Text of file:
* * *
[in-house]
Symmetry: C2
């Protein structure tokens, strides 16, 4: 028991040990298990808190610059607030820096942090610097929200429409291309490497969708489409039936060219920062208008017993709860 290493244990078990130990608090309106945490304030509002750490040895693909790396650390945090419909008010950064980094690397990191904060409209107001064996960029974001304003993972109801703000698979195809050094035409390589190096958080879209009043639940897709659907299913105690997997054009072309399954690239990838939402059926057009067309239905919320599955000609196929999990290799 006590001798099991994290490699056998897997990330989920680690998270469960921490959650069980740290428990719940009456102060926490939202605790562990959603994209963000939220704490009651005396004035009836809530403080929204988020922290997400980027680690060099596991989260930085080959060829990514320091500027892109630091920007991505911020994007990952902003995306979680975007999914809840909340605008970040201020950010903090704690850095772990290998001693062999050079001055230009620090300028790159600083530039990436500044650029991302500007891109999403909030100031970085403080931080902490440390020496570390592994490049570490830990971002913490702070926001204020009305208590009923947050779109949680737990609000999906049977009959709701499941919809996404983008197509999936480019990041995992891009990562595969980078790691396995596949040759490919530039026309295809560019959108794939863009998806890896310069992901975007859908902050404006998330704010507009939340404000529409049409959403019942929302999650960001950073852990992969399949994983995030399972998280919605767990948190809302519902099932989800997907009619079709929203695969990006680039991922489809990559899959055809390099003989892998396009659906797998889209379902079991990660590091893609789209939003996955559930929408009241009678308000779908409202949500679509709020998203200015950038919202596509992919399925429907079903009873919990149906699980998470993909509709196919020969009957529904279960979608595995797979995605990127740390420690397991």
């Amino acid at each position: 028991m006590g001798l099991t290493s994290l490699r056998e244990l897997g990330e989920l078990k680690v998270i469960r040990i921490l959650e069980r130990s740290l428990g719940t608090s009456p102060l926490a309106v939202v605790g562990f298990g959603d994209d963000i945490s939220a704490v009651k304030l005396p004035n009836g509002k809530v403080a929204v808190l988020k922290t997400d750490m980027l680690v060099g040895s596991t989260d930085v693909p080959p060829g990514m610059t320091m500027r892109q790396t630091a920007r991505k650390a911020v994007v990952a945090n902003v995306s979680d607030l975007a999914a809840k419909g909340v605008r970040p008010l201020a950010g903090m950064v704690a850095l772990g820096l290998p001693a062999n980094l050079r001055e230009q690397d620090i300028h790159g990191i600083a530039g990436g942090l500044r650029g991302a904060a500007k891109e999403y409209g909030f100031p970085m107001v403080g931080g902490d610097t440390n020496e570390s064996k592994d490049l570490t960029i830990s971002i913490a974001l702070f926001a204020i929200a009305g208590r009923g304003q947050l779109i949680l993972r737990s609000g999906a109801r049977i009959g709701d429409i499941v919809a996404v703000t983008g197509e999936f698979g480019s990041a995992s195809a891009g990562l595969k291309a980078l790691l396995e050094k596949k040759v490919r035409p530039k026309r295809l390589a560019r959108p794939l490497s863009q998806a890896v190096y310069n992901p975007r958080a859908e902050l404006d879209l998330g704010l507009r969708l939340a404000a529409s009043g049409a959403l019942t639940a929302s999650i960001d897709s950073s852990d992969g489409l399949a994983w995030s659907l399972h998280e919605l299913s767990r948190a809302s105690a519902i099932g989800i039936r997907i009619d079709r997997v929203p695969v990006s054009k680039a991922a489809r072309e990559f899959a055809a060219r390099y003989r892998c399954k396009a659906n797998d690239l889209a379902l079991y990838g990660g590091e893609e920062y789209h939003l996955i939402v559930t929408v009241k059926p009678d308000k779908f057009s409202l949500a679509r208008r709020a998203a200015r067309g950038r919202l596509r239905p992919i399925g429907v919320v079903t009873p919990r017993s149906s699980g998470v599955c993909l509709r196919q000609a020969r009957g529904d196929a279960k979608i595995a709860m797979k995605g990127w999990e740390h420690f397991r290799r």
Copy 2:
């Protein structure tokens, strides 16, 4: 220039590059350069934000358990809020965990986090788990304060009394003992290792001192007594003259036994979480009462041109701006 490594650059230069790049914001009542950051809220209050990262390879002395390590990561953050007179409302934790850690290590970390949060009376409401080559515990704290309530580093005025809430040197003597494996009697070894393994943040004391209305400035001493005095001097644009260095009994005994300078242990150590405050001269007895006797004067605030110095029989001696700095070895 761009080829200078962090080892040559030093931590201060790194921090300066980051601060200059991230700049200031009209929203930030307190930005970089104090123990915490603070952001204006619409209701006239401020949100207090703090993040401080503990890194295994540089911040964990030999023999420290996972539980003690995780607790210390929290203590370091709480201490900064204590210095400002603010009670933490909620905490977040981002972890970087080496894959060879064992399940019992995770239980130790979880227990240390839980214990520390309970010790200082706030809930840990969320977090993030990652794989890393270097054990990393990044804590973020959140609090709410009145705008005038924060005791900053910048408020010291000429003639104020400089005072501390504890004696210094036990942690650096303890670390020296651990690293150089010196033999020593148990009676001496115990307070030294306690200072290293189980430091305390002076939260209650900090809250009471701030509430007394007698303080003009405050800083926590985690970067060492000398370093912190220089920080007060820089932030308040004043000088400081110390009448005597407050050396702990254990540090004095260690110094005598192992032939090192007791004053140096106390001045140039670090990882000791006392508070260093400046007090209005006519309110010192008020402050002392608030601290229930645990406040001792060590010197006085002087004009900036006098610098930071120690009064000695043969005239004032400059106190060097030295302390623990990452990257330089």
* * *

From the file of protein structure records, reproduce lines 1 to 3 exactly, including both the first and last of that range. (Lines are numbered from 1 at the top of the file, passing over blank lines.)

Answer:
[in-house]
Symmetry: C2
């Protein structure tokens, strides 16, 4: 028991040990298990808190610059607030820096942090610097929200429409291309490497969708489409039936060219920062208008017993709860 290493244990078990130990608090309106945490304030509002750490040895693909790396650390945090419909008010950064980094690397990191904060409209107001064996960029974001304003993972109801703000698979195809050094035409390589190096958080879209009043639940897709659907299913105690997997054009072309399954690239990838939402059926057009067309239905919320599955000609196929999990290799 006590001798099991994290490699056998897997990330989920680690998270469960921490959650069980740290428990719940009456102060926490939202605790562990959603994209963000939220704490009651005396004035009836809530403080929204988020922290997400980027680690060099596991989260930085080959060829990514320091500027892109630091920007991505911020994007990952902003995306979680975007999914809840909340605008970040201020950010903090704690850095772990290998001693062999050079001055230009620090300028790159600083530039990436500044650029991302500007891109999403909030100031970085403080931080902490440390020496570390592994490049570490830990971002913490702070926001204020009305208590009923947050779109949680737990609000999906049977009959709701499941919809996404983008197509999936480019990041995992891009990562595969980078790691396995596949040759490919530039026309295809560019959108794939863009998806890896310069992901975007859908902050404006998330704010507009939340404000529409049409959403019942929302999650960001950073852990992969399949994983995030399972998280919605767990948190809302519902099932989800997907009619079709929203695969990006680039991922489809990559899959055809390099003989892998396009659906797998889209379902079991990660590091893609789209939003996955559930929408009241009678308000779908409202949500679509709020998203200015950038919202596509992919399925429907079903009873919990149906699980998470993909509709196919020969009957529904279960979608595995797979995605990127740390420690397991």